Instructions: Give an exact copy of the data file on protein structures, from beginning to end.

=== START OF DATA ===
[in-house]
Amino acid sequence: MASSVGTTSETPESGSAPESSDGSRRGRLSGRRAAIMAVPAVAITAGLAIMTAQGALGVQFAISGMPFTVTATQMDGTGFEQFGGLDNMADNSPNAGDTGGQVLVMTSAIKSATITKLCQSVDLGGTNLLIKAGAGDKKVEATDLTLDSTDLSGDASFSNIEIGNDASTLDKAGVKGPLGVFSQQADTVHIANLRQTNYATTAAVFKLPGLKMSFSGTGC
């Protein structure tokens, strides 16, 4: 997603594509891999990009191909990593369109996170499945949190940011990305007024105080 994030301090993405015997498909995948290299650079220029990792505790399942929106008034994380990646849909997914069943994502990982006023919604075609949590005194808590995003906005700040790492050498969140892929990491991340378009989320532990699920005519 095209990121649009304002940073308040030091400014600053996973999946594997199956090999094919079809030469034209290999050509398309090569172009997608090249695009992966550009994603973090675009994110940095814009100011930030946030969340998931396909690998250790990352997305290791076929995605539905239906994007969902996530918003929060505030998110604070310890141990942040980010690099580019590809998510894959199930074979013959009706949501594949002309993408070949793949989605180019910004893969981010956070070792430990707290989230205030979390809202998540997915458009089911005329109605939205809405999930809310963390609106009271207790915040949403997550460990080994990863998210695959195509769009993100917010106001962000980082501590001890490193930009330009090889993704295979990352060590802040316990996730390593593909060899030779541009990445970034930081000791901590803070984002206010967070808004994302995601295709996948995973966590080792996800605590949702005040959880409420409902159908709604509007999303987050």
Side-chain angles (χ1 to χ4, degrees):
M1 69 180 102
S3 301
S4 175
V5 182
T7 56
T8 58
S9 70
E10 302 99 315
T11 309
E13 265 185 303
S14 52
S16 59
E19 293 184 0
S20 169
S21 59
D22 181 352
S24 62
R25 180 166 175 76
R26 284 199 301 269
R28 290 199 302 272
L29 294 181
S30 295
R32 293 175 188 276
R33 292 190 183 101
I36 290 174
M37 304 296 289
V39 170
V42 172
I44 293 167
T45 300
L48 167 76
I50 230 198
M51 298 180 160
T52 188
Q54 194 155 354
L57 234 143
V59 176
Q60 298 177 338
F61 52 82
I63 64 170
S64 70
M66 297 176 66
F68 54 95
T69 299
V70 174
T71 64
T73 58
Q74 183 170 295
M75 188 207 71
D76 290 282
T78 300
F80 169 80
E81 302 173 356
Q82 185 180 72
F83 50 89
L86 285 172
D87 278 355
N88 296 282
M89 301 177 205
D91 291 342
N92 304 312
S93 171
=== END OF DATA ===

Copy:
[in-house]
Amino acid sequence: MASSVGTTSETPESGSAPESSDGSRRGRLSGRRAAIMAVPAVAITAGLAIMTAQGALGVQFAISGMPFTVTATQMDGTGFEQFGGLDNMADNSPNAGDTGGQVLVMTSAIKSATITKLCQSVDLGGTNLLIKAGAGDKKVEATDLTLDSTDLSGDASFSNIEIGNDASTLDKAGVKGPLGVFSQQADTVHIANLRQTNYATTAAVFKLPGLKMSFSGTGC
């Protein structure tokens, strides 16, 4: 997603594509891999990009191909990593369109996170499945949190940011990305007024105080 994030301090993405015997498909995948290299650079220029990792505790399942929106008034994380990646849909997914069943994502990982006023919604075609949590005194808590995003906005700040790492050498969140892929990491991340378009989320532990699920005519 095209990121649009304002940073308040030091400014600053996973999946594997199956090999094919079809030469034209290999050509398309090569172009997608090249695009992966550009994603973090675009994110940095814009100011930030946030969340998931396909690998250790990352997305290791076929995605539905239906994007969902996530918003929060505030998110604070310890141990942040980010690099580019590809998510894959199930074979013959009706949501594949002309993408070949793949989605180019910004893969981010956070070792430990707290989230205030979390809202998540997915458009089911005329109605939205809405999930809310963390609106009271207790915040949403997550460990080994990863998210695959195509769009993100917010106001962000980082501590001890490193930009330009090889993704295979990352060590802040316990996730390593593909060899030779541009990445970034930081000791901590803070984002206010967070808004994302995601295709996948995973966590080792996800605590949702005040959880409420409902159908709604509007999303987050």
Side-chain angles (χ1 to χ4, degrees):
M1 69 180 102
S3 301
S4 175
V5 182
T7 56
T8 58
S9 70
E10 302 99 315
T11 309
E13 265 185 303
S14 52
S16 59
E19 293 184 0
S20 169
S21 59
D22 181 352
S24 62
R25 180 166 175 76
R26 284 199 301 269
R28 290 199 302 272
L29 294 181
S30 295
R32 293 175 188 276
R33 292 190 183 101
I36 290 174
M37 304 296 289
V39 170
V42 172
I44 293 167
T45 300
L48 167 76
I50 230 198
M51 298 180 160
T52 188
Q54 194 155 354
L57 234 143
V59 176
Q60 298 177 338
F61 52 82
I63 64 170
S64 70
M66 297 176 66
F68 54 95
T69 299
V70 174
T71 64
T73 58
Q74 183 170 295
M75 188 207 71
D76 290 282
T78 300
F80 169 80
E81 302 173 356
Q82 185 180 72
F83 50 89
L86 285 172
D87 278 355
N88 296 282
M89 301 177 205
D91 291 342
N92 304 312
S93 171